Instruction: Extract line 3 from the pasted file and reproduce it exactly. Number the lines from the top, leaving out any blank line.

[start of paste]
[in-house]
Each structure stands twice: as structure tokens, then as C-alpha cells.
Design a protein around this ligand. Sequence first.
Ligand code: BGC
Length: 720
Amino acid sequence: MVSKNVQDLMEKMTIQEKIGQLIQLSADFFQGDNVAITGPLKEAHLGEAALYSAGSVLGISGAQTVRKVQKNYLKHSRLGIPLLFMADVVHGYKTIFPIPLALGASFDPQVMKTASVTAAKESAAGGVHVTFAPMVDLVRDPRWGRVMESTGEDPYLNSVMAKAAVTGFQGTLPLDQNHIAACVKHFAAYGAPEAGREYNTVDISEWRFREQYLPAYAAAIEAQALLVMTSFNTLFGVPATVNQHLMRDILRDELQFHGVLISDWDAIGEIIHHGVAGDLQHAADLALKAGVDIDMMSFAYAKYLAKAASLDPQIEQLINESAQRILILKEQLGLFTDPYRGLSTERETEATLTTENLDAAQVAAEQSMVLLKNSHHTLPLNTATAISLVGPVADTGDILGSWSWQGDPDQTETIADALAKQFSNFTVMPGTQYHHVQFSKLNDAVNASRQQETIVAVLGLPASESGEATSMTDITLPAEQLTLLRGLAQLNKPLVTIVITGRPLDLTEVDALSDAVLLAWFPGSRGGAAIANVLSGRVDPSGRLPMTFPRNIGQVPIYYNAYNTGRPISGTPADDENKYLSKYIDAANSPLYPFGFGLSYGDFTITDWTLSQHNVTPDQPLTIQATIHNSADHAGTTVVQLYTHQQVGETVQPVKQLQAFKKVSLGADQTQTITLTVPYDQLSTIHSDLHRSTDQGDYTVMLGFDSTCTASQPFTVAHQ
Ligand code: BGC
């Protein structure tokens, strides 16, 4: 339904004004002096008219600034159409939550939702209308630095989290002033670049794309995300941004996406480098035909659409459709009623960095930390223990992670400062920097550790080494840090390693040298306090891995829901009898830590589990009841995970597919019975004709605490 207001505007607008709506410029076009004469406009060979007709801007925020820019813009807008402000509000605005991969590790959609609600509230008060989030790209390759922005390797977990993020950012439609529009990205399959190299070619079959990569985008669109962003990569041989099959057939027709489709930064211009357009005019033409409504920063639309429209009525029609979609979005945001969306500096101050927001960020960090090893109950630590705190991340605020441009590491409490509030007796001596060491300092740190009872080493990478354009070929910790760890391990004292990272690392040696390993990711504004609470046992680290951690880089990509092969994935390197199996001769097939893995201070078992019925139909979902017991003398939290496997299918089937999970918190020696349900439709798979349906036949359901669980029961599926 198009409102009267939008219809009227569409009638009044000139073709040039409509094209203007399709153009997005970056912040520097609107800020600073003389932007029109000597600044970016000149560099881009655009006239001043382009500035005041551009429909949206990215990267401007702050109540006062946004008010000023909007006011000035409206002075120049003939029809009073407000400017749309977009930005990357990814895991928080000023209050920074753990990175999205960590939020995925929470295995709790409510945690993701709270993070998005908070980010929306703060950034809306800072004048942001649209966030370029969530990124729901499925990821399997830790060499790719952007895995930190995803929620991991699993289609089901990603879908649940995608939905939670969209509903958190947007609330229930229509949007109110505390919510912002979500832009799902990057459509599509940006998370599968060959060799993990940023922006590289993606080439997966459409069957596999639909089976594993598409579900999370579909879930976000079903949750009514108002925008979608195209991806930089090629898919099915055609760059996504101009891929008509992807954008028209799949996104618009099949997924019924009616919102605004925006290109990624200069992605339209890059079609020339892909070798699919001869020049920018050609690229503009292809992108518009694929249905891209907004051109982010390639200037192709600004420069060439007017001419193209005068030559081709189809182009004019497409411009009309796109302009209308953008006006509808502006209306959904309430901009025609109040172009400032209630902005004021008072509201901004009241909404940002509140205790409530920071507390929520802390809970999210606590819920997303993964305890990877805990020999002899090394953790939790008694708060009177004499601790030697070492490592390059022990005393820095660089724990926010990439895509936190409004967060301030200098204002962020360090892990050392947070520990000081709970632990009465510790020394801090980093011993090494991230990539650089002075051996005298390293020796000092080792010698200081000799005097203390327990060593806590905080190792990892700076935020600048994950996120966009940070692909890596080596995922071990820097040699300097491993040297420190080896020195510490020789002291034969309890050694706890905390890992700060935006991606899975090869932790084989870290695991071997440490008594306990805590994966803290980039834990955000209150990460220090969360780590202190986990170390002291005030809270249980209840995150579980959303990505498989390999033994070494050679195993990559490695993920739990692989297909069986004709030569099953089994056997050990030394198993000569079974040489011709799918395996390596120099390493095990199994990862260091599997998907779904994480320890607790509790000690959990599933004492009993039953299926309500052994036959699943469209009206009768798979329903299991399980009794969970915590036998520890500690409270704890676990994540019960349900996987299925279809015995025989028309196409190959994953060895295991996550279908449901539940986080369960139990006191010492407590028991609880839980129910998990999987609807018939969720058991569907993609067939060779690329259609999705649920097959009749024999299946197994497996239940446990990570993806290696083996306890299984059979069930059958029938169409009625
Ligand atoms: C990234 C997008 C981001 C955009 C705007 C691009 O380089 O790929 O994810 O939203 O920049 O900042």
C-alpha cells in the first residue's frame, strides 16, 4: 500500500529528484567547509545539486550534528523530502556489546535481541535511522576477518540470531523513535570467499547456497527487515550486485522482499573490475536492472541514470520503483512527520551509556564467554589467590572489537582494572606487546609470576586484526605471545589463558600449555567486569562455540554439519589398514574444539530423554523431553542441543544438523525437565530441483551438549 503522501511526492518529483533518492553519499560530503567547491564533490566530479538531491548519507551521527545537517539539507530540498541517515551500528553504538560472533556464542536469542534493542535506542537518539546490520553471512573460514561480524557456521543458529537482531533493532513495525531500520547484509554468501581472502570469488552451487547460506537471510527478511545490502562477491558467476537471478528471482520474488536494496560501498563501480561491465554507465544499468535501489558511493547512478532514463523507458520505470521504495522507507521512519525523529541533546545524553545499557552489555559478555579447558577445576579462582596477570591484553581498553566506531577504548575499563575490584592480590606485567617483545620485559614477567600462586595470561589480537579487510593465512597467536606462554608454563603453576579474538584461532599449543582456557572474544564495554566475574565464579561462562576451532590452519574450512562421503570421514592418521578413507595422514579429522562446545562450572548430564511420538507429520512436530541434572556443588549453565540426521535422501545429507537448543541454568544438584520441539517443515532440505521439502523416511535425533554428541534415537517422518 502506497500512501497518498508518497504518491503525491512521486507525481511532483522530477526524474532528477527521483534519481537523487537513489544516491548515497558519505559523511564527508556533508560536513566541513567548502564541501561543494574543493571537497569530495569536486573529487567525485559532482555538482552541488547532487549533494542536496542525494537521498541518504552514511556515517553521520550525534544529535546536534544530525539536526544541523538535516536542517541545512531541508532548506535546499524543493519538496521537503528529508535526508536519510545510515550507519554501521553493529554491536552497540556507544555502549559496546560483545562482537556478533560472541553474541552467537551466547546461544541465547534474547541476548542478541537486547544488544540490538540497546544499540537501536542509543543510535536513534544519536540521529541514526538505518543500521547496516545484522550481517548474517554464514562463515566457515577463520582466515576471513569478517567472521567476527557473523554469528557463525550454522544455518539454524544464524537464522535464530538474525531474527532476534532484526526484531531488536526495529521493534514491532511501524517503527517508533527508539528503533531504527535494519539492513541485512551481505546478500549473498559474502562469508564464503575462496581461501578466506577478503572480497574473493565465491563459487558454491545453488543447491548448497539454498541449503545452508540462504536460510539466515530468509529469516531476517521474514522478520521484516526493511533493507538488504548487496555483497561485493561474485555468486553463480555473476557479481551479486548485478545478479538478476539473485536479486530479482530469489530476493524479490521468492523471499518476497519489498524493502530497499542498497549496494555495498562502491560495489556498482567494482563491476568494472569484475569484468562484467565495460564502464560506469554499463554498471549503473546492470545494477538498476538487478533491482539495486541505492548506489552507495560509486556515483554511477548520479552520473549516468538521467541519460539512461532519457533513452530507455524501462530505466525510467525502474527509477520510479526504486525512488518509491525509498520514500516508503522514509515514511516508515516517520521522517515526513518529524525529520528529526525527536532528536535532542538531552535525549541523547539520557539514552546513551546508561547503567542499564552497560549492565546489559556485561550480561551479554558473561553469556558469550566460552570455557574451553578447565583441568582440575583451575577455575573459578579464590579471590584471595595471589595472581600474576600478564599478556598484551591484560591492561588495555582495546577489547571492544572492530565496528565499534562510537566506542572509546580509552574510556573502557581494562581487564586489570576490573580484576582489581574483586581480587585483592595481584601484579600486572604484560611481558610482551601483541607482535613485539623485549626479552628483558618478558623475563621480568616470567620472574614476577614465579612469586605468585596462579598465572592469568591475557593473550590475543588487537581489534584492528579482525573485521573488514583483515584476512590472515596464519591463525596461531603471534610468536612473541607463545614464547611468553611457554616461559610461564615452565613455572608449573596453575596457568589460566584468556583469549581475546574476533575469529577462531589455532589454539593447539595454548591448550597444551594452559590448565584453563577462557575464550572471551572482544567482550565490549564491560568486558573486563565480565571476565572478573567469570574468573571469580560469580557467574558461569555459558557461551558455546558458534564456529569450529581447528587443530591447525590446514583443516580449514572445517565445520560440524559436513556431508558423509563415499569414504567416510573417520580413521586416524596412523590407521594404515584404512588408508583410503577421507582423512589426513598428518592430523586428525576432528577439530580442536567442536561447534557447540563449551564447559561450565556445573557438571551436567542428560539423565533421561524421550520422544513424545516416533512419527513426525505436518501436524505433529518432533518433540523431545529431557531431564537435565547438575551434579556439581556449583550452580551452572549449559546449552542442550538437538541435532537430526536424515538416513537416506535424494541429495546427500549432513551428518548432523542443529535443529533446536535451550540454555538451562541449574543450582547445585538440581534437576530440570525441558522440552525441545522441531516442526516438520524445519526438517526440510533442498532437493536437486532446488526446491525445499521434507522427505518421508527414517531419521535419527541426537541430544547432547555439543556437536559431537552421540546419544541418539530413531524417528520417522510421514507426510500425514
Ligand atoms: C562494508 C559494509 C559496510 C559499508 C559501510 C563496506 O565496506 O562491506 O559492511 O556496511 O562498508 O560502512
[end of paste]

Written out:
Design a protein around this ligand. Sequence first.